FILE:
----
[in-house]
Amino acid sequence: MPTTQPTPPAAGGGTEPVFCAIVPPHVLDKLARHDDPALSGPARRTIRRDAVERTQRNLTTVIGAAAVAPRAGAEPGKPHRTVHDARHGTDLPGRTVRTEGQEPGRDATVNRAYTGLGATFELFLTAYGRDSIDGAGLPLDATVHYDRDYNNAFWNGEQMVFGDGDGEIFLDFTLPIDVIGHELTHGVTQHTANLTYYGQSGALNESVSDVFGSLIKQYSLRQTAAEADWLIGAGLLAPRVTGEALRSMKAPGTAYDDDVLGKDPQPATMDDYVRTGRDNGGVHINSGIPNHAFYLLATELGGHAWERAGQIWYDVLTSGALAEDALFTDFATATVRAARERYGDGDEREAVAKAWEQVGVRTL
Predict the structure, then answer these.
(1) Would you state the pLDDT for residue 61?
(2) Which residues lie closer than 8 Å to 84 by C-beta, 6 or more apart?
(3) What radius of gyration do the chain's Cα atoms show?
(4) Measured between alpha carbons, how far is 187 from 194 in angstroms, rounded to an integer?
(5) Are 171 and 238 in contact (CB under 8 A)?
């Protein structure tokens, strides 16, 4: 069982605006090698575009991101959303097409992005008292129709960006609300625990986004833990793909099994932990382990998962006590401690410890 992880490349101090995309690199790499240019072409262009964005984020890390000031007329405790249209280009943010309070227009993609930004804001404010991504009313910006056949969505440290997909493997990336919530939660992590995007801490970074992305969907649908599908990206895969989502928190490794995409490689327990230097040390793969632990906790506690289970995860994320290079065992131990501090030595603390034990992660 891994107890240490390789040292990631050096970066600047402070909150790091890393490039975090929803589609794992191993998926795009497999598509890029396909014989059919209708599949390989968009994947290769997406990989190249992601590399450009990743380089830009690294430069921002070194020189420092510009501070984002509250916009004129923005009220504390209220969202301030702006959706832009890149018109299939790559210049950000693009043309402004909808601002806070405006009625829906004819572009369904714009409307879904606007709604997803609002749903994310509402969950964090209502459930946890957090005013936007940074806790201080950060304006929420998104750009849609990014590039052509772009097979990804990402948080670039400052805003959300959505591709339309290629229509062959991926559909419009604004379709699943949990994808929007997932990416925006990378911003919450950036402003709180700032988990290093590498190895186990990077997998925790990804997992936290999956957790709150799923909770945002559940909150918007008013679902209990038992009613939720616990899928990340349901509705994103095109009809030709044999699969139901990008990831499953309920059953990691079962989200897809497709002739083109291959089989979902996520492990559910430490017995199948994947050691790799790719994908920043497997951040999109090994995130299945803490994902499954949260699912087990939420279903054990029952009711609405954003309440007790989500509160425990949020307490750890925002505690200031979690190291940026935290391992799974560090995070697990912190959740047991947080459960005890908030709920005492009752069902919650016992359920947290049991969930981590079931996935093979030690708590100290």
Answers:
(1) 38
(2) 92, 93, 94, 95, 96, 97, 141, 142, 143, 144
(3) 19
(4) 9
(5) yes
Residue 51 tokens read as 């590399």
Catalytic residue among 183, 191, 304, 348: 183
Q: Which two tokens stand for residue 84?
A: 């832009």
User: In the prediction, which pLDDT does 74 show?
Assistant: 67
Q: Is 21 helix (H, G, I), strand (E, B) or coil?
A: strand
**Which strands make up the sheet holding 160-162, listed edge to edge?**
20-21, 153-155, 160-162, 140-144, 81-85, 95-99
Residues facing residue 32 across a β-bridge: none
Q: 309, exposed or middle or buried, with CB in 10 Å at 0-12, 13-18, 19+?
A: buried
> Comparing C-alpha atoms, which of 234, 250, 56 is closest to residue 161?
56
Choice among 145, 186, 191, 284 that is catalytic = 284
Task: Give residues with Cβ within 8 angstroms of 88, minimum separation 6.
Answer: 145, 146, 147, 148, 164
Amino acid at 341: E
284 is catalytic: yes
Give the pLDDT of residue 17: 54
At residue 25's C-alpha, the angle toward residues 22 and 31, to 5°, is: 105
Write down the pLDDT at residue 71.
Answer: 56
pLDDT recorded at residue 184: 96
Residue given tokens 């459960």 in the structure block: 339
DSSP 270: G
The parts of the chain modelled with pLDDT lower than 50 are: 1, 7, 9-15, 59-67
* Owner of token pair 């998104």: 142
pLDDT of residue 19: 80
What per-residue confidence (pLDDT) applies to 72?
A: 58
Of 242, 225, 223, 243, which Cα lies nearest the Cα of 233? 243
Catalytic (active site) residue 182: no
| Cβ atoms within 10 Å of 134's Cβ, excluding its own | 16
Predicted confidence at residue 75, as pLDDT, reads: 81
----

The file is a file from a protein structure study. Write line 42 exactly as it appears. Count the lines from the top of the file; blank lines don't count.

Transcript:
DSSP 270: G